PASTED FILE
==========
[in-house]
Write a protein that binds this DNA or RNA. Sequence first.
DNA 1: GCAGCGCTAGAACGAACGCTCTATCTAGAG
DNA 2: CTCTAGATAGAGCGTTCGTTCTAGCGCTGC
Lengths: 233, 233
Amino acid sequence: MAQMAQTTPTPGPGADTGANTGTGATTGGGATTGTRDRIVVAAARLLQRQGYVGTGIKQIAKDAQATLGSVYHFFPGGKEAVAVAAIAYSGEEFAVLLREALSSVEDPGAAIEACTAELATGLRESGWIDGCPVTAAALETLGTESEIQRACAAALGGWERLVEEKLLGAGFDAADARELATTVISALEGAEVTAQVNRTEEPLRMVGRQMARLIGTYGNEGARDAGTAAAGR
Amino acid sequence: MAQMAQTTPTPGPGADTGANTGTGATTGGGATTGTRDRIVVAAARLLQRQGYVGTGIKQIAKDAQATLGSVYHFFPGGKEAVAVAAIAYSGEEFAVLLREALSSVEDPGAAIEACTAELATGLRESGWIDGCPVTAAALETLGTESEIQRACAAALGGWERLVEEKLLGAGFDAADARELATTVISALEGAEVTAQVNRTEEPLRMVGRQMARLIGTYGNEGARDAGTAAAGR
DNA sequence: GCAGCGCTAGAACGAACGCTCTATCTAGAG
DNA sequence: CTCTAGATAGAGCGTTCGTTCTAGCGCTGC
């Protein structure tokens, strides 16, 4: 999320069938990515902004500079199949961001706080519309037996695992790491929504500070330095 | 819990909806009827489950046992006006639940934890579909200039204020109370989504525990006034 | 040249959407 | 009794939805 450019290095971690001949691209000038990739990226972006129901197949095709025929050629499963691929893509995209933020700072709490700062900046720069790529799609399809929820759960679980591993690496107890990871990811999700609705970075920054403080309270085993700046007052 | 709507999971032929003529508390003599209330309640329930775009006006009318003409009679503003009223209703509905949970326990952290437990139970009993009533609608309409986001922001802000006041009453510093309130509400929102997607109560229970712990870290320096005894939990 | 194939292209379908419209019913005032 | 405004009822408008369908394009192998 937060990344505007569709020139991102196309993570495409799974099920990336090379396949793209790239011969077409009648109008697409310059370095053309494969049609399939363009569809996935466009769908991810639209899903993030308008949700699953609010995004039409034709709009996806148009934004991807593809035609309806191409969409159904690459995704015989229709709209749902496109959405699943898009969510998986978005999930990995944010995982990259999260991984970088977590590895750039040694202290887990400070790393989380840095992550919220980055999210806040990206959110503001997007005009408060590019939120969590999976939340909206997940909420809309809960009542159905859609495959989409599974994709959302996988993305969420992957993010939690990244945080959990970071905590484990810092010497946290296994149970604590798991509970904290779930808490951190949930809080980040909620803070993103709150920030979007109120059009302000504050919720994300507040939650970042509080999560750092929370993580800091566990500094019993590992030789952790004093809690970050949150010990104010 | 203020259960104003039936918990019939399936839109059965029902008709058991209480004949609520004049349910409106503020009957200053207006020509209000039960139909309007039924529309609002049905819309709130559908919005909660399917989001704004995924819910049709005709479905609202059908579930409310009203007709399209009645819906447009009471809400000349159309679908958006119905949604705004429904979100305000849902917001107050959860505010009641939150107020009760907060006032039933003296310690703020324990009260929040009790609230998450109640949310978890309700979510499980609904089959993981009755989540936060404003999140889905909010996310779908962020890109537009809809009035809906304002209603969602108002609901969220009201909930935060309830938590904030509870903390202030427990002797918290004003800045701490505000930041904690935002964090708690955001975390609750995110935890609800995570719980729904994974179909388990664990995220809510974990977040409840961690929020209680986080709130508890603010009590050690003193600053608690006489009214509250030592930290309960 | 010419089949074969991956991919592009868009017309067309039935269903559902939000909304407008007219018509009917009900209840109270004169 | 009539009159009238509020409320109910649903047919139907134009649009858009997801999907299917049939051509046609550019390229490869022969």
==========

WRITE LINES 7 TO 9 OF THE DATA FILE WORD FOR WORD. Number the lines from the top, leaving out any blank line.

Amino acid sequence: MAQMAQTTPTPGPGADTGANTGTGATTGGGATTGTRDRIVVAAARLLQRQGYVGTGIKQIAKDAQATLGSVYHFFPGGKEAVAVAAIAYSGEEFAVLLREALSSVEDPGAAIEACTAELATGLRESGWIDGCPVTAAALETLGTESEIQRACAAALGGWERLVEEKLLGAGFDAADARELATTVISALEGAEVTAQVNRTEEPLRMVGRQMARLIGTYGNEGARDAGTAAAGR
DNA sequence: GCAGCGCTAGAACGAACGCTCTATCTAGAG
DNA sequence: CTCTAGATAGAGCGTTCGTTCTAGCGCTGC